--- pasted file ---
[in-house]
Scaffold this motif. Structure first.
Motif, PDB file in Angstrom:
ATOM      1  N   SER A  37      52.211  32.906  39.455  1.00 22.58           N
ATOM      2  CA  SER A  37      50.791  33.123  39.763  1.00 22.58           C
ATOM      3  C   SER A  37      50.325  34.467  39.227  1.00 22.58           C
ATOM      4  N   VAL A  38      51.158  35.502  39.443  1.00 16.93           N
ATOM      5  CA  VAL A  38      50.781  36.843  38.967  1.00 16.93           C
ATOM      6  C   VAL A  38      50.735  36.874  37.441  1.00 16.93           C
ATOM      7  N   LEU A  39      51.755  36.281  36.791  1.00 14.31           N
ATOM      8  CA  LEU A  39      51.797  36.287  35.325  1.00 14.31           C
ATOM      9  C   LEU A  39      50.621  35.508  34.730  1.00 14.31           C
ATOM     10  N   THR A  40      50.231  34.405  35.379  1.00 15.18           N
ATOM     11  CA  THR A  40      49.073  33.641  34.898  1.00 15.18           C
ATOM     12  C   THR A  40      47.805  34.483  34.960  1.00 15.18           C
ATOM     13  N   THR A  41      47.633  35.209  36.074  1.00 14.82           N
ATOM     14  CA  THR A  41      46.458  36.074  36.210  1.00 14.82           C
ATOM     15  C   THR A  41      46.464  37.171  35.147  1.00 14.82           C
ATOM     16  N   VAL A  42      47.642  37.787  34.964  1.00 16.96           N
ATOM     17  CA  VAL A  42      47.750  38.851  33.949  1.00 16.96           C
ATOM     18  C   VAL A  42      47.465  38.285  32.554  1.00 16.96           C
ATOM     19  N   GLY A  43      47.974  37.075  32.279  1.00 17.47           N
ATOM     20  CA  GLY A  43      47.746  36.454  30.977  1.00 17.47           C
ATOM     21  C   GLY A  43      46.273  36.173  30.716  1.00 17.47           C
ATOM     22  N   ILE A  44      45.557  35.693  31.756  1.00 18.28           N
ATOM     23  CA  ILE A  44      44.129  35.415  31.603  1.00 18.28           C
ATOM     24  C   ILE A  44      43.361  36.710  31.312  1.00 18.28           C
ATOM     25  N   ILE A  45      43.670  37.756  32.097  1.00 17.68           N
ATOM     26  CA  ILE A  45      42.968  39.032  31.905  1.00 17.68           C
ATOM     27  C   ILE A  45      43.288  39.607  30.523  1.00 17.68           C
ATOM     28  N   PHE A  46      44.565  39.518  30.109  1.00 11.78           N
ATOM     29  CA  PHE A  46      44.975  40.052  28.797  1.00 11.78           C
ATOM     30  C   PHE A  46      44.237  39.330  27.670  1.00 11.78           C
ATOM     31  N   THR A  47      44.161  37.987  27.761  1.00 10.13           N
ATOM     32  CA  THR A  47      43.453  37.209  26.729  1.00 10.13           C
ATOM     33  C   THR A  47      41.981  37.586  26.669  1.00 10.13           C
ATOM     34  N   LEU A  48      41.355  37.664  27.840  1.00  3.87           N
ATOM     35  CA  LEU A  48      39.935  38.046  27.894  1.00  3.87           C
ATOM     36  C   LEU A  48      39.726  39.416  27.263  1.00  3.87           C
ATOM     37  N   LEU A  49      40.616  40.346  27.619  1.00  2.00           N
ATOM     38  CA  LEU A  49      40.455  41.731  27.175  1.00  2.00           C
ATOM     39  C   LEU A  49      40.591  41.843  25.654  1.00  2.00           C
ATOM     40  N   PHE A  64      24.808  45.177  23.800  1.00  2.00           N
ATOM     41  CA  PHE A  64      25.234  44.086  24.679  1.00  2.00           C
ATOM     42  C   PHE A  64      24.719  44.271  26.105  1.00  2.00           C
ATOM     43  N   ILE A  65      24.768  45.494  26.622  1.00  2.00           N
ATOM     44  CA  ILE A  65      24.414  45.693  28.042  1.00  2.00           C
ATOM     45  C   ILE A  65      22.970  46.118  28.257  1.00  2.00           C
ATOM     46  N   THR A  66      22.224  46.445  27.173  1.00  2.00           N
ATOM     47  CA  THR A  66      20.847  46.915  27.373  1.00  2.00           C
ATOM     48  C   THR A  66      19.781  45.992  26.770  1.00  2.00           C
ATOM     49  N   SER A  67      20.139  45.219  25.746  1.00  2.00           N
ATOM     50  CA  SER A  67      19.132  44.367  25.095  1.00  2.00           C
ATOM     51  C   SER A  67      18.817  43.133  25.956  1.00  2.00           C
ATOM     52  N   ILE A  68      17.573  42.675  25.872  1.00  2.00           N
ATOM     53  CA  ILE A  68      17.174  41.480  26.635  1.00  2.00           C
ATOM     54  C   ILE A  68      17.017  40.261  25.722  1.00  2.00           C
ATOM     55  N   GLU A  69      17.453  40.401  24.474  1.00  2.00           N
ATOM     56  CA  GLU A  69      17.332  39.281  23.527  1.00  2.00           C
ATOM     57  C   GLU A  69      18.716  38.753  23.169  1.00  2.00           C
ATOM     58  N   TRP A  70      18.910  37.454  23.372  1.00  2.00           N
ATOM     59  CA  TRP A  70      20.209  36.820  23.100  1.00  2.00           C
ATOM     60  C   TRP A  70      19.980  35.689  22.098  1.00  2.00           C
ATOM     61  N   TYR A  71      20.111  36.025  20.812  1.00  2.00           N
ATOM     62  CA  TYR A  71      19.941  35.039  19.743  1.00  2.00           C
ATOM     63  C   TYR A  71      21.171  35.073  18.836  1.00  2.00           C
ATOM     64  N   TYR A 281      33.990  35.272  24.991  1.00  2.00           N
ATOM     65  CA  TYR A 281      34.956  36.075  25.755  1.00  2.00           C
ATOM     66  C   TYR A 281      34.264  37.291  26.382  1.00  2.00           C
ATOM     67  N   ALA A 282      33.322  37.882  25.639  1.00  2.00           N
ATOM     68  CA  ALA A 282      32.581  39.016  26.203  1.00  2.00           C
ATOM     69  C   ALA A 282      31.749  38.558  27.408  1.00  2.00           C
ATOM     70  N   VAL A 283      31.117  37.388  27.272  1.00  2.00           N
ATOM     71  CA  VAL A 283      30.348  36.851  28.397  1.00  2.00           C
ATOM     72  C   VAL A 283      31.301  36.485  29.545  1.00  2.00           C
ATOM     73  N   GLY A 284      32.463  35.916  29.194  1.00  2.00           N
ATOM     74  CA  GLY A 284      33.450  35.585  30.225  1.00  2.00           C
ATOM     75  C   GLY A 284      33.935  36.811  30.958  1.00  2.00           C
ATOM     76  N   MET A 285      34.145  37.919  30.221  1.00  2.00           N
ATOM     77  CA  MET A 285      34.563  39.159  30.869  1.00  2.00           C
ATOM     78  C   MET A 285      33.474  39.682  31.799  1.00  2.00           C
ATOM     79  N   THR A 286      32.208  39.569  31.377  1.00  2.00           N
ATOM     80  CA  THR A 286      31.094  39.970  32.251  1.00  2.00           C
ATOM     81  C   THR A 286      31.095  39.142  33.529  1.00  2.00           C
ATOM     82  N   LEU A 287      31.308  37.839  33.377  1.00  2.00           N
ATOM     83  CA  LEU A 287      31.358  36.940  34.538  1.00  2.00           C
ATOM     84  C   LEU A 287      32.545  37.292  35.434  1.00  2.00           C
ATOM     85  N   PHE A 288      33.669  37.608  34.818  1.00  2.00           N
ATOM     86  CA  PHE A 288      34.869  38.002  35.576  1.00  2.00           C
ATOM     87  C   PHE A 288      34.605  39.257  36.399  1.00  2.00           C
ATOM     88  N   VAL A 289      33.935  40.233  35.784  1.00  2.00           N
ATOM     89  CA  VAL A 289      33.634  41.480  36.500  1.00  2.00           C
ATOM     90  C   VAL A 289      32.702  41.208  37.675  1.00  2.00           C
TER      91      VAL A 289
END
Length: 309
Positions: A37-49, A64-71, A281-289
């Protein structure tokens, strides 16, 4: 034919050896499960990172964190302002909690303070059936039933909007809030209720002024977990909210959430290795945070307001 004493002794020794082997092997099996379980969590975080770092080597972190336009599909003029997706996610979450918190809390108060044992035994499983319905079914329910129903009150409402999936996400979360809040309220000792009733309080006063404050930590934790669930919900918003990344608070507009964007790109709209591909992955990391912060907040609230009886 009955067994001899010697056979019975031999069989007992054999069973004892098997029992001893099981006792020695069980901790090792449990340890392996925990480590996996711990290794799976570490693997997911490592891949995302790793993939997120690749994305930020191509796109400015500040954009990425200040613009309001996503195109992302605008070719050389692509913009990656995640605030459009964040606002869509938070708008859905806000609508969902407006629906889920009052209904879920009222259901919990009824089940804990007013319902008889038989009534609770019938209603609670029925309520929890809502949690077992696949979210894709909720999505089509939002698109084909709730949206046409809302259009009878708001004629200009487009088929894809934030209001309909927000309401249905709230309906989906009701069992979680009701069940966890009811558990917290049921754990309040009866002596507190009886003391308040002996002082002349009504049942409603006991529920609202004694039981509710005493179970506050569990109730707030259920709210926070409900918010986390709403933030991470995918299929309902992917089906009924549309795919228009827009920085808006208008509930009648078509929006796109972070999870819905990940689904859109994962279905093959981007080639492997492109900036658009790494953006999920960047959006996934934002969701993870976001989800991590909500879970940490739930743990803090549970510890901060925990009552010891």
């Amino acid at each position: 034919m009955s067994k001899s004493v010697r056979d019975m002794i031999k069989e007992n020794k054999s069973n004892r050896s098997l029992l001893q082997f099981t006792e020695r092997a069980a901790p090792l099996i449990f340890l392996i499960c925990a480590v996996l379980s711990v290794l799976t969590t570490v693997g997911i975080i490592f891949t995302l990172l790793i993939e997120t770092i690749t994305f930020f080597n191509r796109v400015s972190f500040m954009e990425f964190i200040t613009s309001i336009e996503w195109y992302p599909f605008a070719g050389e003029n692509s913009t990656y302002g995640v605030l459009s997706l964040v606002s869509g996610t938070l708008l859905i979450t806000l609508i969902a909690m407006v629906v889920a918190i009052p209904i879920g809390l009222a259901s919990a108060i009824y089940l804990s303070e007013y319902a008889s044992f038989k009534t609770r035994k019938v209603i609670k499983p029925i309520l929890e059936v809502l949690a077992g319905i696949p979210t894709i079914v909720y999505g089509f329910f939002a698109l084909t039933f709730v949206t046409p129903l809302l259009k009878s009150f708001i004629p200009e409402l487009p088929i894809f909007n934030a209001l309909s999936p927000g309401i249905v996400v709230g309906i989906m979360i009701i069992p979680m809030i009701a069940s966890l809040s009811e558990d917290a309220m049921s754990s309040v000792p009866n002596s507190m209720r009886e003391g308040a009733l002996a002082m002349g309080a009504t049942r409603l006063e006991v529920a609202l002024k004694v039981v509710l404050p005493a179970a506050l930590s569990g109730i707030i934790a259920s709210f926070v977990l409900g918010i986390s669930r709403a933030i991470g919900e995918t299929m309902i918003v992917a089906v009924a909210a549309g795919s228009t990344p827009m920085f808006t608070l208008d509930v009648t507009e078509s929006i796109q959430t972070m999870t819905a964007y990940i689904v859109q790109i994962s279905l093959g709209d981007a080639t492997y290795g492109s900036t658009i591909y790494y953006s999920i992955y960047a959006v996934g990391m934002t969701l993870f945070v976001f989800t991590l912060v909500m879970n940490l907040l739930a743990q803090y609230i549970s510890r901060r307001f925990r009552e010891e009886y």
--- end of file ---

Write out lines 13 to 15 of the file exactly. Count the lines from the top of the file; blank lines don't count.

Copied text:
ATOM     10  N   THR A  40      50.231  34.405  35.379  1.00 15.18           N
ATOM     11  CA  THR A  40      49.073  33.641  34.898  1.00 15.18           C
ATOM     12  C   THR A  40      47.805  34.483  34.960  1.00 15.18           C